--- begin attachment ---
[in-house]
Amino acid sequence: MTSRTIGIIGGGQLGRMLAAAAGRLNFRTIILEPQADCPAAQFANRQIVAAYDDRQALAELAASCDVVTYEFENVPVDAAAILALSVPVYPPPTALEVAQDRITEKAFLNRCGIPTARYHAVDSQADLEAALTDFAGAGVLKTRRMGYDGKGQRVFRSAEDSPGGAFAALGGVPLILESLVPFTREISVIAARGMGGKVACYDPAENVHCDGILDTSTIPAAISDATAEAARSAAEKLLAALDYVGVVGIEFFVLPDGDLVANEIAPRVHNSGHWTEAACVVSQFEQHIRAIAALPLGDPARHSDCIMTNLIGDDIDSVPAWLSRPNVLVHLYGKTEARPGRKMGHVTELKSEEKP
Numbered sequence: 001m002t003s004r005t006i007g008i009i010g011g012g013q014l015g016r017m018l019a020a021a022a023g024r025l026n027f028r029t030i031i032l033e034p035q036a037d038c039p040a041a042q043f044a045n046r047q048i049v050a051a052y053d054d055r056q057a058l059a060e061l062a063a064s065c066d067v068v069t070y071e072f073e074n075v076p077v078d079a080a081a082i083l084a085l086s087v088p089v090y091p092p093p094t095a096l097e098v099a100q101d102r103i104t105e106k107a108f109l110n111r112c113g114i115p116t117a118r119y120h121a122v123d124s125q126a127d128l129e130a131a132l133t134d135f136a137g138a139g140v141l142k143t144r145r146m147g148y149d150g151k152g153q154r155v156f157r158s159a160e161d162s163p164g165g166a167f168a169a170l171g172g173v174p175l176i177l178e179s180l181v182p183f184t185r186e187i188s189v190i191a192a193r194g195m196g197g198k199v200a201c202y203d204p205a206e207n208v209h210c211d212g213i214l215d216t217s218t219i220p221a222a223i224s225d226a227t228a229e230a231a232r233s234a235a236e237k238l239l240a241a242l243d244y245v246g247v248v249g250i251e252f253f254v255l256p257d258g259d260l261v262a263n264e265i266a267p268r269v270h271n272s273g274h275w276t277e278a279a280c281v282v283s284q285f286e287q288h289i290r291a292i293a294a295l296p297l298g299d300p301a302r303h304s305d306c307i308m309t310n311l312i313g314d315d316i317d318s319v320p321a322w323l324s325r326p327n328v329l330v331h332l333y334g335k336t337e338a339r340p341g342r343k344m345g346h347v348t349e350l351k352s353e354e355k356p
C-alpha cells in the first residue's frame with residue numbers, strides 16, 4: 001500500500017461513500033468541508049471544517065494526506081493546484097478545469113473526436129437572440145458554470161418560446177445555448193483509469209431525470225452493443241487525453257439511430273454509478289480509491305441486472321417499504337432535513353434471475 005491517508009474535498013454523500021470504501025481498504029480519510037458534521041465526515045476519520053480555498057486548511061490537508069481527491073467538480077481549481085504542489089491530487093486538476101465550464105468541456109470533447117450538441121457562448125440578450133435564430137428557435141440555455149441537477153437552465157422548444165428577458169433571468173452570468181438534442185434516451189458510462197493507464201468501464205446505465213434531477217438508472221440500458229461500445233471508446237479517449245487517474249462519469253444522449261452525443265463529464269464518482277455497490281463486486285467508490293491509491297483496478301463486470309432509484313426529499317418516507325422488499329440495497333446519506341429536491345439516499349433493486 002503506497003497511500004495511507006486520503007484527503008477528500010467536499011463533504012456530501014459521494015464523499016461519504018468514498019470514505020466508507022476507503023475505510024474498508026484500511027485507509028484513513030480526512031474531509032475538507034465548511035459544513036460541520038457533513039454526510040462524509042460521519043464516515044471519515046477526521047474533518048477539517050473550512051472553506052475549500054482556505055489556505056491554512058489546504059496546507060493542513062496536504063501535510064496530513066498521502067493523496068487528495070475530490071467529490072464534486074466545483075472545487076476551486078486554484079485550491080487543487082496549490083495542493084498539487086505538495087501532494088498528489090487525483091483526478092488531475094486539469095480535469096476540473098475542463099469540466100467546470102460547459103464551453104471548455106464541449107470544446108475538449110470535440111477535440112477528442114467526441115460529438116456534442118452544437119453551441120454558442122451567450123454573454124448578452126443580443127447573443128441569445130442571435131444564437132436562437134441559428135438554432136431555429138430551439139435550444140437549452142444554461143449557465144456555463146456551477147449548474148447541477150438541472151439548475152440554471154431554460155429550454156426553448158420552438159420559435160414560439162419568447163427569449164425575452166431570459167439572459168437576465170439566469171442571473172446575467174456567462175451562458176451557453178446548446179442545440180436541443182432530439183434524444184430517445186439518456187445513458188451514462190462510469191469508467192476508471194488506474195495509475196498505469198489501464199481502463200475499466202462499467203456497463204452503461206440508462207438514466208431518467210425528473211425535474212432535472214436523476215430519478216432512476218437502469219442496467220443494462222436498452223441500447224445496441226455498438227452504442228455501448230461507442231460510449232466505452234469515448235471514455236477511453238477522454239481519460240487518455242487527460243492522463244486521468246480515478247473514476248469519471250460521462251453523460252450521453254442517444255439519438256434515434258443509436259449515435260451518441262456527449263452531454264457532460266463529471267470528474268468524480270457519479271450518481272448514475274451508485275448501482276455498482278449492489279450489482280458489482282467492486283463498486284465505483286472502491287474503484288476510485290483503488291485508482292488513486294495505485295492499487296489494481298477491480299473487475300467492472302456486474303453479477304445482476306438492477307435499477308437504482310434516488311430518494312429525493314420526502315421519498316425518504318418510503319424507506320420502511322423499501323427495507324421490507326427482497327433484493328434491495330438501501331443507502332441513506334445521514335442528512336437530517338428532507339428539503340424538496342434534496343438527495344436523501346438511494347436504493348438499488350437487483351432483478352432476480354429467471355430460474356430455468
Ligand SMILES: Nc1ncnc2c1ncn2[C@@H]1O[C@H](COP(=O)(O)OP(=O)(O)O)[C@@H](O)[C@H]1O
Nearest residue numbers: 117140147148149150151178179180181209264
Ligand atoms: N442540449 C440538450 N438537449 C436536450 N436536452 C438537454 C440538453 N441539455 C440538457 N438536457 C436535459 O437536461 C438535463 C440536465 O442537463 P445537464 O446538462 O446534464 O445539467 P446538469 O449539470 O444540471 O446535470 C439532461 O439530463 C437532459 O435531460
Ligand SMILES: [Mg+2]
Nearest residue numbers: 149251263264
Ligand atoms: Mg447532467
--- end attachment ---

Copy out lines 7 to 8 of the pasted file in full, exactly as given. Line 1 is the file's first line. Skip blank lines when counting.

Ligand atoms: N442540449 C440538450 N438537449 C436536450 N436536452 C438537454 C440538453 N441539455 C440538457 N438536457 C436535459 O437536461 C438535463 C440536465 O442537463 P445537464 O446538462 O446534464 O445539467 P446538469 O449539470 O444540471 O446535470 C439532461 O439530463 C437532459 O435531460
Ligand SMILES: [Mg+2]